International Nuclear Information System (INIS)

    Gilli, L.; Lathouwers, D.; Kloosterman, J.L.; Van der Hagen, T.H.J.J.

    2011-01-01

    In this paper a method to perform sensitivity analysis for a simplified multi-physics problem is presented. The method is based on the Adjoint Sensitivity Analysis Procedure which is used to apply first order perturbation theory to linear and nonlinear problems using adjoint techniques. The multi-physics problem considered includes a neutronic, a thermo-kinetics, and a thermal-hydraulics part and it is used to model the time dependent behavior of a sodium cooled fast reactor. The adjoint procedure is applied to calculate the sensitivity coefficients with respect to the kinetic parameters of the problem for two reference transients using two different model responses, the results obtained are then compared with the values given by a direct sampling of the forward nonlinear problem. Our first results show that, thanks to modern numerical techniques, the procedure is relatively easy to implement and provides good estimation for most perturbations, making the method appealing for more detailed problems. (author)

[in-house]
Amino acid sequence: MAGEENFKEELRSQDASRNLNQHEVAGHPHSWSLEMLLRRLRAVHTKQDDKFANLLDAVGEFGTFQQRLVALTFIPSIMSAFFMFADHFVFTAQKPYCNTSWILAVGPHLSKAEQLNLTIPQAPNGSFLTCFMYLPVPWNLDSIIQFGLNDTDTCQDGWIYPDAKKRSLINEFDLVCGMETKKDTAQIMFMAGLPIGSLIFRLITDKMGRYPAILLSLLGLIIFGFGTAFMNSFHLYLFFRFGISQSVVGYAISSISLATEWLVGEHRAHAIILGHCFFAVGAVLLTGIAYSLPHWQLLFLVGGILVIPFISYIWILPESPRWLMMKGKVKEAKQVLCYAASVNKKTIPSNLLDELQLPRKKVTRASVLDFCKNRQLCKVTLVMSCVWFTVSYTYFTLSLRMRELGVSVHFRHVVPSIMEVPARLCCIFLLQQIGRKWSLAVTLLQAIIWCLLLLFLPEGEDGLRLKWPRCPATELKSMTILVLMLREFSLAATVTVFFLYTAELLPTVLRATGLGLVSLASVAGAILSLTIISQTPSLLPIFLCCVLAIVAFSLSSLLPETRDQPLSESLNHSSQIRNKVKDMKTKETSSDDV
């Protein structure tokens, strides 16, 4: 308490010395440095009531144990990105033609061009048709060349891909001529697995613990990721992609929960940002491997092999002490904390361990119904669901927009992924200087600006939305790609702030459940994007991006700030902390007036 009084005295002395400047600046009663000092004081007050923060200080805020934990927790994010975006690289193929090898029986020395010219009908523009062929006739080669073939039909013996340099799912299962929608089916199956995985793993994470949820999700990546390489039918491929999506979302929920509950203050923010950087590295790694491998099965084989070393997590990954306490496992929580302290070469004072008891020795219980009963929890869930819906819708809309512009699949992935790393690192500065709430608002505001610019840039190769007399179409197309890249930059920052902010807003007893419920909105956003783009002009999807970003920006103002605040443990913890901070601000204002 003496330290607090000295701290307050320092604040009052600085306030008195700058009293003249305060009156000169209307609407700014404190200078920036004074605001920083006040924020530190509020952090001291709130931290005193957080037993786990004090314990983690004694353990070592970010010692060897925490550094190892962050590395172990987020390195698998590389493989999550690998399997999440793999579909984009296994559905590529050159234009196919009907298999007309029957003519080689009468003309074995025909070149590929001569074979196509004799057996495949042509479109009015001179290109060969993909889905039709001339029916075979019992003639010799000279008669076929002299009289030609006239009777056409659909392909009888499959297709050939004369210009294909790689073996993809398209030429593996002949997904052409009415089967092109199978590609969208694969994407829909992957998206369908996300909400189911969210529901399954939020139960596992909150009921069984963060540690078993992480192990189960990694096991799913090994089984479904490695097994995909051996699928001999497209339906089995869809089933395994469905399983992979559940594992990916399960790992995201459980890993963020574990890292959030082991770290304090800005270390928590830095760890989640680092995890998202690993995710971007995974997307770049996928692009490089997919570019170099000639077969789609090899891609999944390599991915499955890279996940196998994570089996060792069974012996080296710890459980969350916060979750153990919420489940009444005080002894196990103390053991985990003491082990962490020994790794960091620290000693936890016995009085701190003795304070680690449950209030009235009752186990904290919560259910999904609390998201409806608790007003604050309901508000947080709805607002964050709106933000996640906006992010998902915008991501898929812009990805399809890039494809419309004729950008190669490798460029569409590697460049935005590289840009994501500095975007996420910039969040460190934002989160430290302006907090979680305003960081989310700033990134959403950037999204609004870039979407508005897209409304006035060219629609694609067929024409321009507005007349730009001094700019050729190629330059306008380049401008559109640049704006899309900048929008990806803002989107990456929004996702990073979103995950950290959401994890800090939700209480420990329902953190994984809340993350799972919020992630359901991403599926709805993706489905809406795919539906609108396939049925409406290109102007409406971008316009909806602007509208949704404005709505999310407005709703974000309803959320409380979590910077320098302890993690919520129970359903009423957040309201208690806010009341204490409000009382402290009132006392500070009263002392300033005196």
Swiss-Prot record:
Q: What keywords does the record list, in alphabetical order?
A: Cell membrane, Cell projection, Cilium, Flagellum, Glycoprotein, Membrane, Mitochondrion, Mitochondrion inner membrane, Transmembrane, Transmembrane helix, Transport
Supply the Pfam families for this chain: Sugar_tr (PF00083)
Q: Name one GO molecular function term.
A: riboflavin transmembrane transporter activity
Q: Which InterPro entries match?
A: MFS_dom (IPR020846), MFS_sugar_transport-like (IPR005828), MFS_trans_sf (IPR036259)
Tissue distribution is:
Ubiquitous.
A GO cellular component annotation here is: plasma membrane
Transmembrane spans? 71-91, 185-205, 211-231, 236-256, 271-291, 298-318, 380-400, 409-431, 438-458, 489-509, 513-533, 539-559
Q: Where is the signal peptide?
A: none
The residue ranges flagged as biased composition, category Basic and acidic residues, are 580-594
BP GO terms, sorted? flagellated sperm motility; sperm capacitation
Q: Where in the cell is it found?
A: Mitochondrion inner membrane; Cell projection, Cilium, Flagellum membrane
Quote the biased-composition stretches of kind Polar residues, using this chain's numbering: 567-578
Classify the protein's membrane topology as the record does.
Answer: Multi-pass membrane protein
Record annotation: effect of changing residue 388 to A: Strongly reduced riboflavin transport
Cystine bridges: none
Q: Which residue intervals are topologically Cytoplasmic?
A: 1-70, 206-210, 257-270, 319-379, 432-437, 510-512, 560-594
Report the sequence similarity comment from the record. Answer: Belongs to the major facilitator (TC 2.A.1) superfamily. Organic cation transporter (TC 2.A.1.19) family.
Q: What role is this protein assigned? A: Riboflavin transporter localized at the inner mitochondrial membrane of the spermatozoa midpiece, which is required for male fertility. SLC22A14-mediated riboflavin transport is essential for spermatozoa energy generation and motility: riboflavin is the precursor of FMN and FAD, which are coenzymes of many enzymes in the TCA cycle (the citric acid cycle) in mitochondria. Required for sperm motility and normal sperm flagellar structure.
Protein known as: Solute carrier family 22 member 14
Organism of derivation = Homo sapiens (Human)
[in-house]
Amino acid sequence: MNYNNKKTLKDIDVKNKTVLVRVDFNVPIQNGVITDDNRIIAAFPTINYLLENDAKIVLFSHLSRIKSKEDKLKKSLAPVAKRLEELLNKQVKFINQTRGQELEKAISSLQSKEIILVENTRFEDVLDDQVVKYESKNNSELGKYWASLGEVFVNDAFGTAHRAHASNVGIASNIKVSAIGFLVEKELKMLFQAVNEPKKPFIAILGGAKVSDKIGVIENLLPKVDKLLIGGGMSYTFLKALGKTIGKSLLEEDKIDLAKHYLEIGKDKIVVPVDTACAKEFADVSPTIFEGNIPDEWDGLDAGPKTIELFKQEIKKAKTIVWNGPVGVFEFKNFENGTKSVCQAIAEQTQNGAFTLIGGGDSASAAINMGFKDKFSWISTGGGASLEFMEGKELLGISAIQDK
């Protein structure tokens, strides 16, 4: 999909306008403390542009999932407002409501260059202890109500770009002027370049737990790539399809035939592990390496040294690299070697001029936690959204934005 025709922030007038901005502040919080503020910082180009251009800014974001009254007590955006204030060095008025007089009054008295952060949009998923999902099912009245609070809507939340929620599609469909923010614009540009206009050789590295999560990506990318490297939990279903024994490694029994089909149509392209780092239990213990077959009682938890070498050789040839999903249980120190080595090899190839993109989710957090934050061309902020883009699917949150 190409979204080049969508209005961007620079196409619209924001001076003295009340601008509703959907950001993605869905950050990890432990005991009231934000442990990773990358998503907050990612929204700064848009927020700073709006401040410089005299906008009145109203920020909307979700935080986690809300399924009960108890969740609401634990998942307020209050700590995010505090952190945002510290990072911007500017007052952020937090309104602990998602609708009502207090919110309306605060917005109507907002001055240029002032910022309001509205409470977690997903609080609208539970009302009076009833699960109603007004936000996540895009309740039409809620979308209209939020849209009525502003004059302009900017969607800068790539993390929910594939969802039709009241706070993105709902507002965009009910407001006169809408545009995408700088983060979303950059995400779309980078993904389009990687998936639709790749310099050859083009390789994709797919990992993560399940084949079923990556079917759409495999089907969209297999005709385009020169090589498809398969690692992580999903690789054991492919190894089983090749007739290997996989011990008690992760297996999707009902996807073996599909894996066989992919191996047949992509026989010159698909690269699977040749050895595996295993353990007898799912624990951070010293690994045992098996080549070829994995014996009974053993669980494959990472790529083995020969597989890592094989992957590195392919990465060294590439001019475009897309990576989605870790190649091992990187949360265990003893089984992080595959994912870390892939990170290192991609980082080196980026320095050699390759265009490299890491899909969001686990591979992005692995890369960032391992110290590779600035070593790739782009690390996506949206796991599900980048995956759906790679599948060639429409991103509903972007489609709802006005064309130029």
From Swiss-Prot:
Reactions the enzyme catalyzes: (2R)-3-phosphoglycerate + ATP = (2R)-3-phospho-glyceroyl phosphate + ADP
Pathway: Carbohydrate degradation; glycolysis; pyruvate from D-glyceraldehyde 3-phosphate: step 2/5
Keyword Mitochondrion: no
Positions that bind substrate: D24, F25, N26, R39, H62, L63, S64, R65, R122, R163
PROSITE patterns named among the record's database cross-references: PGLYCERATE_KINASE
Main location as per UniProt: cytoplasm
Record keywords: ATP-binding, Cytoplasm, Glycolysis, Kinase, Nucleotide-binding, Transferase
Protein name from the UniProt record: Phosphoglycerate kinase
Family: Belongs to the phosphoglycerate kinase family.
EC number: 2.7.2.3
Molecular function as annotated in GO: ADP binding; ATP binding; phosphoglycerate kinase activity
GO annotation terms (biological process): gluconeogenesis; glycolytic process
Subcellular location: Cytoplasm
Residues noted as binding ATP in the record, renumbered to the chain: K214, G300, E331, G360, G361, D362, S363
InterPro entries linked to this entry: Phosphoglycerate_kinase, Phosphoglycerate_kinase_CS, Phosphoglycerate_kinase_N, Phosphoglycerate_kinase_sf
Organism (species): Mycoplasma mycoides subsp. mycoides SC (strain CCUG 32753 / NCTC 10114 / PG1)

15. Thermal properties of biopolyol from oil palm fruit fibre (OPFF) using solvolysis liquefaction technique

    Science.gov (United States)

    Kormin, Shaharuddin; Rus, Anika Zafiah M.; Azahari, M. Shafiq M.

    2017-09-01